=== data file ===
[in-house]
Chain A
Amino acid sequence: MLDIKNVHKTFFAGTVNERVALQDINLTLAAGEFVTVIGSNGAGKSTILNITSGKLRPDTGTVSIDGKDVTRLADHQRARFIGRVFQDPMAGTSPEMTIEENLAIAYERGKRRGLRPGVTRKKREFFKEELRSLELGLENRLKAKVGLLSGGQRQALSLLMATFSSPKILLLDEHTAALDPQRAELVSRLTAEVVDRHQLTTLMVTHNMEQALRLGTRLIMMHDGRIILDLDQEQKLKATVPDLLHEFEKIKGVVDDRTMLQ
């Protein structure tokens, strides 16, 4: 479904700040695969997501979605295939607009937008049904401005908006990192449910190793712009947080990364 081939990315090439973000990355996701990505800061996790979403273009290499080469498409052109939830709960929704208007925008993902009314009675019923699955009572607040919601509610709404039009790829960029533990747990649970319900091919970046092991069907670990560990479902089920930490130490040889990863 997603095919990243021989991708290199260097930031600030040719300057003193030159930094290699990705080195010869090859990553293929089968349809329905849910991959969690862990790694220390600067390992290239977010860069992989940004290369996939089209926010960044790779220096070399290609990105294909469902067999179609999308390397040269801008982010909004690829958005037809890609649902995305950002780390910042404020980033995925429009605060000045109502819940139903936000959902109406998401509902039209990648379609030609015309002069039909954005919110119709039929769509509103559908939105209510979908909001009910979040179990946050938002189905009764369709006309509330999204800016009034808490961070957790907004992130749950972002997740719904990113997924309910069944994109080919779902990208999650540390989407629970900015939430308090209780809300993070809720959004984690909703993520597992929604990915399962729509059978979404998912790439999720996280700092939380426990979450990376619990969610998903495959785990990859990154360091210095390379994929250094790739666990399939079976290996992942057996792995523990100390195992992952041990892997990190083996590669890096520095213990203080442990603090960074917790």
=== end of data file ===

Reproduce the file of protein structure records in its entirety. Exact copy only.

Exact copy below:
[in-house]
Chain A
Amino acid sequence: MLDIKNVHKTFFAGTVNERVALQDINLTLAAGEFVTVIGSNGAGKSTILNITSGKLRPDTGTVSIDGKDVTRLADHQRARFIGRVFQDPMAGTSPEMTIEENLAIAYERGKRRGLRPGVTRKKREFFKEELRSLELGLENRLKAKVGLLSGGQRQALSLLMATFSSPKILLLDEHTAALDPQRAELVSRLTAEVVDRHQLTTLMVTHNMEQALRLGTRLIMMHDGRIILDLDQEQKLKATVPDLLHEFEKIKGVVDDRTMLQ
């Protein structure tokens, strides 16, 4: 479904700040695969997501979605295939607009937008049904401005908006990192449910190793712009947080990364 081939990315090439973000990355996701990505800061996790979403273009290499080469498409052109939830709960929704208007925008993902009314009675019923699955009572607040919601509610709404039009790829960029533990747990649970319900091919970046092991069907670990560990479902089920930490130490040889990863 997603095919990243021989991708290199260097930031600030040719300057003193030159930094290699990705080195010869090859990553293929089968349809329905849910991959969690862990790694220390600067390992290239977010860069992989940004290369996939089209926010960044790779220096070399290609990105294909469902067999179609999308390397040269801008982010909004690829958005037809890609649902995305950002780390910042404020980033995925429009605060000045109502819940139903936000959902109406998401509902039209990648379609030609015309002069039909954005919110119709039929769509509103559908939105209510979908909001009910979040179990946050938002189905009764369709006309509330999204800016009034808490961070957790907004992130749950972002997740719904990113997924309910069944994109080919779902990208999650540390989407629970900015939430308090209780809300993070809720959004984690909703993520597992929604990915399962729509059978979404998912790439999720996280700092939380426990979450990376619990969610998903495959785990990859990154360091210095390379994929250094790739666990399939079976290996992942057996792995523990100390195992992952041990892997990190083996590669890096520095213990203080442990603090960074917790």